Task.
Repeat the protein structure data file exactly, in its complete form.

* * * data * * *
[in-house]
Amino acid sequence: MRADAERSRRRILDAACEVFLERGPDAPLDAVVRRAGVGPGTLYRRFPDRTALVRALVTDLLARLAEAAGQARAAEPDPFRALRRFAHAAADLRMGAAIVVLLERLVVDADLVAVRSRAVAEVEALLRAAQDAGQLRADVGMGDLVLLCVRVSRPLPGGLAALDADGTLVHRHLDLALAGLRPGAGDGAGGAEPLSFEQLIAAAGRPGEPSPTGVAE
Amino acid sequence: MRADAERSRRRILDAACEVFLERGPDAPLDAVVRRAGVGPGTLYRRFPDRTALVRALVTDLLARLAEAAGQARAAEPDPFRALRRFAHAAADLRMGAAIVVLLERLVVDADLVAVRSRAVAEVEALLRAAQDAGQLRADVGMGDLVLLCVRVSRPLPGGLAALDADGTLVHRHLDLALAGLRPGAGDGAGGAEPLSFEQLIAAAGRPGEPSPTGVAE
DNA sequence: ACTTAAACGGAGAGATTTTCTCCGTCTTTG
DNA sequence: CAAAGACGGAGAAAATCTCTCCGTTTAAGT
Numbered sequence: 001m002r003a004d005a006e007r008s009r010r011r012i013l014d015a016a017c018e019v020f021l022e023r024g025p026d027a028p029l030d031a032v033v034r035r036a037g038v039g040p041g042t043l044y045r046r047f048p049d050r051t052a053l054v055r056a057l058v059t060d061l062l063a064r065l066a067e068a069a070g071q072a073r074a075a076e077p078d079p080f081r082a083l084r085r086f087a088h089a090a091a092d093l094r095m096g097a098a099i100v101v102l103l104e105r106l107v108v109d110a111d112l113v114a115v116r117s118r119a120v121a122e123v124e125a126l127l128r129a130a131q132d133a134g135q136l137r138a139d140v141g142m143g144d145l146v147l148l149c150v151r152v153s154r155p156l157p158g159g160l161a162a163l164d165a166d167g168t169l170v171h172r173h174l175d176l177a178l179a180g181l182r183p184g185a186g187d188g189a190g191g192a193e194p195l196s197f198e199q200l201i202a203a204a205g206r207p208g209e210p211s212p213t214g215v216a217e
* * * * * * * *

[in-house]
Amino acid sequence: MRADAERSRRRILDAACEVFLERGPDAPLDAVVRRAGVGPGTLYRRFPDRTALVRALVTDLLARLAEAAGQARAAEPDPFRALRRFAHAAADLRMGAAIVVLLERLVVDADLVAVRSRAVAEVEALLRAAQDAGQLRADVGMGDLVLLCVRVSRPLPGGLAALDADGTLVHRHLDLALAGLRPGAGDGAGGAEPLSFEQLIAAAGRPGEPSPTGVAE
Amino acid sequence: MRADAERSRRRILDAACEVFLERGPDAPLDAVVRRAGVGPGTLYRRFPDRTALVRALVTDLLARLAEAAGQARAAEPDPFRALRRFAHAAADLRMGAAIVVLLERLVVDADLVAVRSRAVAEVEALLRAAQDAGQLRADVGMGDLVLLCVRVSRPLPGGLAALDADGTLVHRHLDLALAGLRPGAGDGAGGAEPLSFEQLIAAAGRPGEPSPTGVAE
DNA sequence: ACTTAAACGGAGAGATTTTCTCCGTCTTTG
DNA sequence: CAAAGACGGAGAAAATCTCTCCGTTTAAGT
Numbered sequence: 001m002r003a004d005a006e007r008s009r010r011r012i013l014d015a016a017c018e019v020f021l022e023r024g025p026d027a028p029l030d031a032v033v034r035r036a037g038v039g040p041g042t043l044y045r046r047f048p049d050r051t052a053l054v055r056a057l058v059t060d061l062l063a064r065l066a067e068a069a070g071q072a073r074a075a076e077p078d079p080f081r082a083l084r085r086f087a088h089a090a091a092d093l094r095m096g097a098a099i100v101v102l103l104e105r106l107v108v109d110a111d112l113v114a115v116r117s118r119a120v121a122e123v124e125a126l127l128r129a130a131q132d133a134g135q136l137r138a139d140v141g142m143g144d145l146v147l148l149c150v151r152v153s154r155p156l157p158g159g160l161a162a163l164d165a166d167g168t169l170v171h172r173h174l175d176l177a178l179a180g181l182r183p184g185a186g187d188g189a190g191g192a193e194p195l196s197f198e199q200l201i202a203a204a205g206r207p208g209e210p211s212p213t214g215v216a217e